Q (cipher)

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DesignersLeslie McBride
First publishedNovember 2000
Derived fromAES, Serpent
Cipher detail
Key sizes128, 192, or 256 bits
Block sizes128 bits
StructureSubstitution–permutation network
Rounds8 or 9
Best public cryptanalysis
A linear attack succeeds with 98.4% probability using 297 known plaintexts.[1]

In cryptography, Q is a block cipher invented by Leslie McBride. It was submitted to the NESSIE project, but was not selected.

The algorithm uses a key size of 128, 192, or 256 bits. It operates on blocks of 128 bits using a substitution–permutation network structure. There are 8 rounds for a 128-bit key and 9 rounds for a longer key. Q uses S-boxes adapted from Rijndael (also known as AES) and Serpent. It combines the nonlinear operations from these ciphers, but leaves out all the linear transformations except the permutation.[2] Q also uses a constant derived from the golden ratio as a source of "nothing up my sleeve numbers".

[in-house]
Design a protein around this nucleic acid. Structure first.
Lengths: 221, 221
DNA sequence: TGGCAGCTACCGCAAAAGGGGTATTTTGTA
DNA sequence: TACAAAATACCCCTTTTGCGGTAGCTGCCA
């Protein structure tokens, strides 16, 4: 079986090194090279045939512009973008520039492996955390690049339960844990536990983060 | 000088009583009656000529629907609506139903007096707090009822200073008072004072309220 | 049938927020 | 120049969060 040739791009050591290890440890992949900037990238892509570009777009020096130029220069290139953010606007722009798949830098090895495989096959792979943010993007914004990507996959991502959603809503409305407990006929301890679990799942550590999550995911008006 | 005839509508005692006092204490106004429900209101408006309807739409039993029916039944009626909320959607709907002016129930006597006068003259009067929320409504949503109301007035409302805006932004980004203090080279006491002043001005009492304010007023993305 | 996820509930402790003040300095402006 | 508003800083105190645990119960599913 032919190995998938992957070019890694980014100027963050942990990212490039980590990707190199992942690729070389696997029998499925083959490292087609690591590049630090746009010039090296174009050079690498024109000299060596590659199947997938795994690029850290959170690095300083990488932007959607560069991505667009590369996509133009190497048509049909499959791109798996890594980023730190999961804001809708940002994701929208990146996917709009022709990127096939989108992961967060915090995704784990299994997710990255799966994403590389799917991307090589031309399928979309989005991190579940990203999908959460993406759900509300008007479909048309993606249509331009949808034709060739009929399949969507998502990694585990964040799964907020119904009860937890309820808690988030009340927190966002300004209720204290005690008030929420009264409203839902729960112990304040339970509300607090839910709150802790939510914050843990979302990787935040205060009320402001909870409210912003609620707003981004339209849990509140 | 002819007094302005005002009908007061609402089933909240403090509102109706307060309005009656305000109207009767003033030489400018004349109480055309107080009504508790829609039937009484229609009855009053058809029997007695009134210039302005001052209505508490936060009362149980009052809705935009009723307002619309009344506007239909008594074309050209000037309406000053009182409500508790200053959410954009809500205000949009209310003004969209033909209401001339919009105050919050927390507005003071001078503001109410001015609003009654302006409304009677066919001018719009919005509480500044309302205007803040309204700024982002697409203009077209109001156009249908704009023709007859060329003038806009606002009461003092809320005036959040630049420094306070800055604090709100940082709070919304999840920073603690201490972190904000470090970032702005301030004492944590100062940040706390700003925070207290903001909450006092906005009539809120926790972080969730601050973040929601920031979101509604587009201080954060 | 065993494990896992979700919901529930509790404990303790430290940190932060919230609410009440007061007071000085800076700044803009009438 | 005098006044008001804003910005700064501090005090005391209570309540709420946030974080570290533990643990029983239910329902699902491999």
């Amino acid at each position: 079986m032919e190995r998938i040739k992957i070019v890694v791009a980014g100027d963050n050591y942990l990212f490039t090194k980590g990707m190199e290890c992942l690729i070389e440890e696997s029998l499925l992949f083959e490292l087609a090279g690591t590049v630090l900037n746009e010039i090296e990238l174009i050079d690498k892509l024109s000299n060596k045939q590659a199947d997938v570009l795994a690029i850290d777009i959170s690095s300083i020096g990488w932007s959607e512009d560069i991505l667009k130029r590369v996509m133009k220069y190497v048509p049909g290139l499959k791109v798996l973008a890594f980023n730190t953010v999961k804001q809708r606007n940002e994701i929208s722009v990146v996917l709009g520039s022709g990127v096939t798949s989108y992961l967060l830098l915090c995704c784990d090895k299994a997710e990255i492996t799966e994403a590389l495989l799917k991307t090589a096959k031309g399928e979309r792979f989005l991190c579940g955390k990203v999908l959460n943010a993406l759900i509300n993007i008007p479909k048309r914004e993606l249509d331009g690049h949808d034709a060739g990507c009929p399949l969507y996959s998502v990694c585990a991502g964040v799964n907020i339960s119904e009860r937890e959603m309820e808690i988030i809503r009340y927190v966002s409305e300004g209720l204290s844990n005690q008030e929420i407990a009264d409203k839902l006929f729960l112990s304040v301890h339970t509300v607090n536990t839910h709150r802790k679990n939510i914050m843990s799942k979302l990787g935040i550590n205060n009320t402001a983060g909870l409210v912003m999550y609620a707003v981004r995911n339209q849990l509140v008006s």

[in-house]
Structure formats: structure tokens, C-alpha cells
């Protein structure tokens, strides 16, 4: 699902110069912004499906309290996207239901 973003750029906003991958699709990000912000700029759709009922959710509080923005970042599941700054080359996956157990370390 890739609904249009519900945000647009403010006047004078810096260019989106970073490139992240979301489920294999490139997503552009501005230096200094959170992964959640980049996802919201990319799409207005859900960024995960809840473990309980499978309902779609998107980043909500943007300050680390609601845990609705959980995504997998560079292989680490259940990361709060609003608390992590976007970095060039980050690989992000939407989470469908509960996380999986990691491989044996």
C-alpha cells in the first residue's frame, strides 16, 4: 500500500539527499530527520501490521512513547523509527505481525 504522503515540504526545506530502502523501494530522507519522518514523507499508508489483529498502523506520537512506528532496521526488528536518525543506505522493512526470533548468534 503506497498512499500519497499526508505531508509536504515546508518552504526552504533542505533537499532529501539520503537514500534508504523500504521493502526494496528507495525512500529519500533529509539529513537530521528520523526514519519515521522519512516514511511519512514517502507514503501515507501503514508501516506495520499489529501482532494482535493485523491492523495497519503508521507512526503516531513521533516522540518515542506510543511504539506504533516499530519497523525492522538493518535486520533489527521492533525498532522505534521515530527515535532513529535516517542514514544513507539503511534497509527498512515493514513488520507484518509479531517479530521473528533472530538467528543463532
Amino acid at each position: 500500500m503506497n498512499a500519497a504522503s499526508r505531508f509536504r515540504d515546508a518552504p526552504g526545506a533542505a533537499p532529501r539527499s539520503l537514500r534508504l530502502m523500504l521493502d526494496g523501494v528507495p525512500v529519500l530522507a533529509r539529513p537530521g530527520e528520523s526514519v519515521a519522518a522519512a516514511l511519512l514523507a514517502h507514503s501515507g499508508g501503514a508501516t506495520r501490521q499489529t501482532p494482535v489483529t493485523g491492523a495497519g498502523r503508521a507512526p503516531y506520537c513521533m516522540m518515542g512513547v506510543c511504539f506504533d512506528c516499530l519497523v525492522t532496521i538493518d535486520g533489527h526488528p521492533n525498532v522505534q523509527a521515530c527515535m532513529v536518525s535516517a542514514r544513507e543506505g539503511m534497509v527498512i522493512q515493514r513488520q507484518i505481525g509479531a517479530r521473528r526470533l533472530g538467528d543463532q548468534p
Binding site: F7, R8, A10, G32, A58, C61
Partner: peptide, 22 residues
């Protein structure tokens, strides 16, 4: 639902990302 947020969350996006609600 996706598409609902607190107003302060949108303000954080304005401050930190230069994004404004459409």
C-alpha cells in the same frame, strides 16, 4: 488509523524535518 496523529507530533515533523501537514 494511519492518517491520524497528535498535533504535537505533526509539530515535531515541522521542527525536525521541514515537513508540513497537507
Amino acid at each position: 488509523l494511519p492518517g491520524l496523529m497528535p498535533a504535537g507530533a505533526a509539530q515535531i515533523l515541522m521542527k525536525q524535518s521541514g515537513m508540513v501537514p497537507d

Q is vulnerable to linear cryptanalysis; Keliher, Meijer, and Tavares have an attack that succeeds with 98.4% probability using 297 known plaintexts.[1]


  1. ^ a b L. Keliher, H. Meijer, and S. Tavares (12 September 2001). High probability linear hulls in Q. Proceedings of Second Open NESSIE Workshop. Surrey, England. Retrieved 2018-09-13.CS1 maint: multiple names: authors list (link)
  2. ^ Eli Biham, Vladimir Furman, Michal Misztal, Vincent Rijmen (11 February 2001). Differential Cryptanalysis of Q. 8th International Workshop on Fast Software Encryption (FSE 2001). Yokohama: Springer-Verlag. pp. 174–186. doi:10.1007/3-540-45473-X_15.CS1 maint: multiple names: authors list (link)